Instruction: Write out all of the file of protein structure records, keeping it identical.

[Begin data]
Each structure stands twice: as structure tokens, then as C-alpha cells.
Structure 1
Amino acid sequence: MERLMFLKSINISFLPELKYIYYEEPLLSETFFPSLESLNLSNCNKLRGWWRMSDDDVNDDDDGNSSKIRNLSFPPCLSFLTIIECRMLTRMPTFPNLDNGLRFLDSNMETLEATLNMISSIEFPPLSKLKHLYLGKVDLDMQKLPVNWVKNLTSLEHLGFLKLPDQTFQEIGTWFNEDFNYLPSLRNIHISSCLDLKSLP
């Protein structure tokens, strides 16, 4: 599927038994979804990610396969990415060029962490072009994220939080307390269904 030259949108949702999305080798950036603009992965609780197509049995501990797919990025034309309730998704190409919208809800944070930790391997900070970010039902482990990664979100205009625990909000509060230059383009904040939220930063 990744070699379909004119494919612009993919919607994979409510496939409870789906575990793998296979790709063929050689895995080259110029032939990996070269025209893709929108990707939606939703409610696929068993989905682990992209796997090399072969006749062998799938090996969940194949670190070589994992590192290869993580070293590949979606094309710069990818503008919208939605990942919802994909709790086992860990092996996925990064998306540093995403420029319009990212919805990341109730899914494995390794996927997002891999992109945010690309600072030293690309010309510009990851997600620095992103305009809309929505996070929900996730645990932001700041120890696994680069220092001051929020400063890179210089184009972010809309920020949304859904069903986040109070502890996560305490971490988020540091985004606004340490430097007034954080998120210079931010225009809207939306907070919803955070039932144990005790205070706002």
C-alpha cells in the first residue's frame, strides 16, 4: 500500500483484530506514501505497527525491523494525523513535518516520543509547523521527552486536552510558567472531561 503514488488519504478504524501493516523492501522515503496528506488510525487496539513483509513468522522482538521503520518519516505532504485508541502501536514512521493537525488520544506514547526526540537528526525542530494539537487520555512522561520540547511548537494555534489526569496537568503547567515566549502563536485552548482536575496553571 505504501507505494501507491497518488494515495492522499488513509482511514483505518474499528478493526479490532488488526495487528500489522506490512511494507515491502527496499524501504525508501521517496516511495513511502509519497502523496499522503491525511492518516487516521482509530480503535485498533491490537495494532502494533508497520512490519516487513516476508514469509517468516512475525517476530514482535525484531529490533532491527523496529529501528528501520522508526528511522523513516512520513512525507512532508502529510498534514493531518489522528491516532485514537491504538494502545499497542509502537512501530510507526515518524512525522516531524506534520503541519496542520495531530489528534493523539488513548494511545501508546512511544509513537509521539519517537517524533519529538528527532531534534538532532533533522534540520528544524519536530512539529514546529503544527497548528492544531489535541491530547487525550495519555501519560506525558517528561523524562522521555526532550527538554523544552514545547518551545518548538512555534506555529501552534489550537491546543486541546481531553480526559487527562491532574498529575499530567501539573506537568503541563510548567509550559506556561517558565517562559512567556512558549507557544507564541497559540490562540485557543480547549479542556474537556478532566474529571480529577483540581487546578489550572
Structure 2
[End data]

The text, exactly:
Each structure stands twice: as structure tokens, then as C-alpha cells.
Structure 1
Amino acid sequence: MERLMFLKSINISFLPELKYIYYEEPLLSETFFPSLESLNLSNCNKLRGWWRMSDDDVNDDDDGNSSKIRNLSFPPCLSFLTIIECRMLTRMPTFPNLDNGLRFLDSNMETLEATLNMISSIEFPPLSKLKHLYLGKVDLDMQKLPVNWVKNLTSLEHLGFLKLPDQTFQEIGTWFNEDFNYLPSLRNIHISSCLDLKSLP
């Protein structure tokens, strides 16, 4: 599927038994979804990610396969990415060029962490072009994220939080307390269904 030259949108949702999305080798950036603009992965609780197509049995501990797919990025034309309730998704190409919208809800944070930790391997900070970010039902482990990664979100205009625990909000509060230059383009904040939220930063 990744070699379909004119494919612009993919919607994979409510496939409870789906575990793998296979790709063929050689895995080259110029032939990996070269025209893709929108990707939606939703409610696929068993989905682990992209796997090399072969006749062998799938090996969940194949670190070589994992590192290869993580070293590949979606094309710069990818503008919208939605990942919802994909709790086992860990092996996925990064998306540093995403420029319009990212919805990341109730899914494995390794996927997002891999992109945010690309600072030293690309010309510009990851997600620095992103305009809309929505996070929900996730645990932001700041120890696994680069220092001051929020400063890179210089184009972010809309920020949304859904069903986040109070502890996560305490971490988020540091985004606004340490430097007034954080998120210079931010225009809207939306907070919803955070039932144990005790205070706002």
C-alpha cells in the first residue's frame, strides 16, 4: 500500500483484530506514501505497527525491523494525523513535518516520543509547523521527552486536552510558567472531561 503514488488519504478504524501493516523492501522515503496528506488510525487496539513483509513468522522482538521503520518519516505532504485508541502501536514512521493537525488520544506514547526526540537528526525542530494539537487520555512522561520540547511548537494555534489526569496537568503547567515566549502563536485552548482536575496553571 505504501507505494501507491497518488494515495492522499488513509482511514483505518474499528478493526479490532488488526495487528500489522506490512511494507515491502527496499524501504525508501521517496516511495513511502509519497502523496499522503491525511492518516487516521482509530480503535485498533491490537495494532502494533508497520512490519516487513516476508514469509517468516512475525517476530514482535525484531529490533532491527523496529529501528528501520522508526528511522523513516512520513512525507512532508502529510498534514493531518489522528491516532485514537491504538494502545499497542509502537512501530510507526515518524512525522516531524506534520503541519496542520495531530489528534493523539488513548494511545501508546512511544509513537509521539519517537517524533519529538528527532531534534538532532533533522534540520528544524519536530512539529514546529503544527497548528492544531489535541491530547487525550495519555501519560506525558517528561523524562522521555526532550527538554523544552514545547518551545518548538512555534506555529501552534489550537491546543486541546481531553480526559487527562491532574498529575499530567501539573506537568503541563510548567509550559506556561517558565517562559512567556512558549507557544507564541497559540490562540485557543480547549479542556474537556478532566474529571480529577483540581487546578489550572
Structure 2